Older people have never had it so good

 

A chara, – Several of your esteemed commentators have written letters bemoaning ageism and their perceived victimisation by society at large, and yet many older people have never had it so good.

Ireland’s life expectancy continues to increase, and older people are consuming an increasing proportion of Ireland’s ballooning health expenditure.

Older people have been favoured by earlier access to vaccines, despite many younger frontline workers being more exposed to potential infection.

Unemployment is hugely skewed against younger people in our society, with 59 per cent of people aged 15 to 24 currently unemployed

Wealth inequality has never been higher in Ireland with most of the wealth owned by older people, while the current generation of younger people may be the first in living memory to be poorer than their parents.

Many older people were given council houses at low rents which they were later able to buy at knockdown prices and sell on at market prices, making huge profits and increasing the cost of housing for younger people generally.

Many older people were able to live quite well on one salary coming into their household while today’s young married couples need two salaries coming in to pay the rent.

They cannot afford to buy a house until much later in life and having children often has to be postponed until their late thirties to ensure that some semblance of financial stability has been achieved.

With both parents having to work, today’s parents of younger children are also faced with crippling childcare costs, longer commutes, and a “free” education system that is anything but free.

Many older people had secure jobs for life while today’s young are increasingly employed in the precarious gig economy where there is no certainty of income and where obtaining a mortgage is almost impossible. Many older people saw the size of their mortgage eroded by inflation and paid off within 25 years whereas today’s young are paying some of the highest interest rates in Europe on mortgages often lasting over 30 years.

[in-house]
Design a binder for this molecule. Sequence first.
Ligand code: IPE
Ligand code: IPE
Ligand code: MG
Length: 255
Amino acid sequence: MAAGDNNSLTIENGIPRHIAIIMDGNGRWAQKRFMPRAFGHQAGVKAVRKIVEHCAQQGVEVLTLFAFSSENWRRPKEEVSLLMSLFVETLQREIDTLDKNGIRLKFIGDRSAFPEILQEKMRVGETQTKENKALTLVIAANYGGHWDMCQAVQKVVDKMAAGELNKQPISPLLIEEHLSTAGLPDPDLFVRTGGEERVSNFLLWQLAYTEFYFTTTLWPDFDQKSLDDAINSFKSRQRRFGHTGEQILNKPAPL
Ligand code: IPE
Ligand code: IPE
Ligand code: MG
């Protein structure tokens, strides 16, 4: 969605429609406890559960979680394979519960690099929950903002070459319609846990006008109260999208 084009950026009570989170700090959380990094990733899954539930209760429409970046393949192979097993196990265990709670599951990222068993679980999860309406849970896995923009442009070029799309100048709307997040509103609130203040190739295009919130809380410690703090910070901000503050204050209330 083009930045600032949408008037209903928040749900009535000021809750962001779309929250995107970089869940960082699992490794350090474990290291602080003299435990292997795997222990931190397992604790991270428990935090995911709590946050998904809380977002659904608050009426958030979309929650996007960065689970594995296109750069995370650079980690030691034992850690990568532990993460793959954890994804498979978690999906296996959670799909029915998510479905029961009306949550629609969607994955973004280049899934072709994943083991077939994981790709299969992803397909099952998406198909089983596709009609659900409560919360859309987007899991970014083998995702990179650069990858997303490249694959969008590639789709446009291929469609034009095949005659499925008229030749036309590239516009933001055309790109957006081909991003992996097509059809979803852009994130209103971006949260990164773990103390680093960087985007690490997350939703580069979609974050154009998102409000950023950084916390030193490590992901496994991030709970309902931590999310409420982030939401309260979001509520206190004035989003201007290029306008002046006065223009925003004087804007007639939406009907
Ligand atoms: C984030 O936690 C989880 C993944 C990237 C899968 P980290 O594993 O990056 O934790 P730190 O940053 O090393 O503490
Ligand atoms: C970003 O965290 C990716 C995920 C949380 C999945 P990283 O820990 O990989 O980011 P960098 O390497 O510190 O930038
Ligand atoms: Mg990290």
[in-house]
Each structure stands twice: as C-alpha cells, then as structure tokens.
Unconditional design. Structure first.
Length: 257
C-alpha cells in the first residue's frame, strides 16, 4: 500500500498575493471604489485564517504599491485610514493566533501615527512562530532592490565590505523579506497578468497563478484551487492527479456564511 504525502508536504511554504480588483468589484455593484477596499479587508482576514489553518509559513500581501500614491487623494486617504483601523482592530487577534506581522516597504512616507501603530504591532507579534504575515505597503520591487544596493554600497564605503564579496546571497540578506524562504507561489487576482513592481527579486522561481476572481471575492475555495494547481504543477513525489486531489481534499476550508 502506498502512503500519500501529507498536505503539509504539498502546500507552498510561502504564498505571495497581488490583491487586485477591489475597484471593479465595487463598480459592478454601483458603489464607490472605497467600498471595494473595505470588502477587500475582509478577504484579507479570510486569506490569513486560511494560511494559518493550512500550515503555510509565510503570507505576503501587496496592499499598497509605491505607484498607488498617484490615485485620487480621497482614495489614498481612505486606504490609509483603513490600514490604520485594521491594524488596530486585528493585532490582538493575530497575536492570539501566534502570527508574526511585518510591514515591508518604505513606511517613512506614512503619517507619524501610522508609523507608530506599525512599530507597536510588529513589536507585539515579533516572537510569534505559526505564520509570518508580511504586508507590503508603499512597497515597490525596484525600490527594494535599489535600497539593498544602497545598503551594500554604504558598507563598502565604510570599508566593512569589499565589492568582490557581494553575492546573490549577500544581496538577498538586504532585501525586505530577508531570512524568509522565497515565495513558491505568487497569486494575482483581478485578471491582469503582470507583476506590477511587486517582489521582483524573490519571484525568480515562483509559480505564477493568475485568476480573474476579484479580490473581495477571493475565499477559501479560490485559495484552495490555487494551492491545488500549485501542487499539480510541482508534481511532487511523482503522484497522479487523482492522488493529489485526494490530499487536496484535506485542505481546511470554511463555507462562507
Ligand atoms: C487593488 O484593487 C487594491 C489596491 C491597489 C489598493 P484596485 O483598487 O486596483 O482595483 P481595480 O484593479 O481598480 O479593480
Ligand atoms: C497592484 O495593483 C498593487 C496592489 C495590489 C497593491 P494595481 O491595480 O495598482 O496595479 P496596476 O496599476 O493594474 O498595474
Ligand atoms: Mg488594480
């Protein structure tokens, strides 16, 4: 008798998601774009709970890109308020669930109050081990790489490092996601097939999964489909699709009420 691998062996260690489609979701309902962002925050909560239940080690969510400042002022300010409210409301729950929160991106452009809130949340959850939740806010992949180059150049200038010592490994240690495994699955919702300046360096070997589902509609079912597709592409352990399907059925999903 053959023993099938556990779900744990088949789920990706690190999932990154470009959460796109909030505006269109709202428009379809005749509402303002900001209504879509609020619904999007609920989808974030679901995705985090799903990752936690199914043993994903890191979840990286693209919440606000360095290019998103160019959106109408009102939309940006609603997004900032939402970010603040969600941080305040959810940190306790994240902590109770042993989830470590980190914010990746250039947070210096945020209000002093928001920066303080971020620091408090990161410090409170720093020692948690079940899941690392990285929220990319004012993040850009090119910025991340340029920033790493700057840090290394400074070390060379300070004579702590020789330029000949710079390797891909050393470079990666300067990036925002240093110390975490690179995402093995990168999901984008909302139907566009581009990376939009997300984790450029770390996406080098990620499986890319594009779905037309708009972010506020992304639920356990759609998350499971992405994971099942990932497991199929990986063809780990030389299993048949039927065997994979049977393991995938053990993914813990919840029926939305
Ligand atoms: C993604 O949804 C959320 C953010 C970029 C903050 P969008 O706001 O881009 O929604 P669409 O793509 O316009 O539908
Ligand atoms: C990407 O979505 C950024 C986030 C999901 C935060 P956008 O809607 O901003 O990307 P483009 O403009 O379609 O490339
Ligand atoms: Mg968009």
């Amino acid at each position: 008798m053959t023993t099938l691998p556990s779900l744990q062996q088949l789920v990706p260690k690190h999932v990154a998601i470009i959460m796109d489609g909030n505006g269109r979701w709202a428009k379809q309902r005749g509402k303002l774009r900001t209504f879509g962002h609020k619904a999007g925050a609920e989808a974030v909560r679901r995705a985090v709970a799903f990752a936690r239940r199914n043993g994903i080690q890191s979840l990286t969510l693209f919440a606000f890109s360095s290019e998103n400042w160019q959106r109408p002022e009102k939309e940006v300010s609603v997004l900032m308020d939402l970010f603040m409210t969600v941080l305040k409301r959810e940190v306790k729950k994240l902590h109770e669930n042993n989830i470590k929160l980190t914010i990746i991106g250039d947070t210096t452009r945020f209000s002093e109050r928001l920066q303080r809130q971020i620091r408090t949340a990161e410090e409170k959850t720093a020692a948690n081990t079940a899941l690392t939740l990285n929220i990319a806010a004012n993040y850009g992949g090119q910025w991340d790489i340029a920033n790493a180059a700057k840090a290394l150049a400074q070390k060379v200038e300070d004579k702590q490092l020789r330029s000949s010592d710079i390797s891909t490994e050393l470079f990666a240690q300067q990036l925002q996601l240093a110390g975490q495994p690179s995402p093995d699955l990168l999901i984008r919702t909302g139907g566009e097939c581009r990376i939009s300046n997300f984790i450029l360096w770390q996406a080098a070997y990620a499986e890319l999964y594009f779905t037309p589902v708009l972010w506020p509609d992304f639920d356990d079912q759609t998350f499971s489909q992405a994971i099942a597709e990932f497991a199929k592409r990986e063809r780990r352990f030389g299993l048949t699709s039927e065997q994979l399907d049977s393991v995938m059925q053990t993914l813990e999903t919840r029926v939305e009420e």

An Inter or Leaving Certificate was all many older people needed to land well-paying jobs, whereas today’s young often require a degree, sometimes a postgraduate degree, and many with doctorates are living in relative poverty with no prospect of secure well-paid employment until well into their thirties.

Older people today can take advantage of free travel on public transport and much reduced prices for travelling to exotic holiday destinations abroad in off-peak periods, whereas younger parents are confined to expensive peak holiday prices during school holidays.

I’m not suggesting that everything in the garden is rosy for older people, but I do feel a little more appreciation for how hard today’s young have to work to achieve a foothold on the housing ladder and raise a family might be in order.

Younger people are being failed by our political system, controlled largely by their elders, and then people wonder why political extremism is on the rise. – Is mise,

FRANK SCHNITTGER,

Blessington,

Co Wicklow.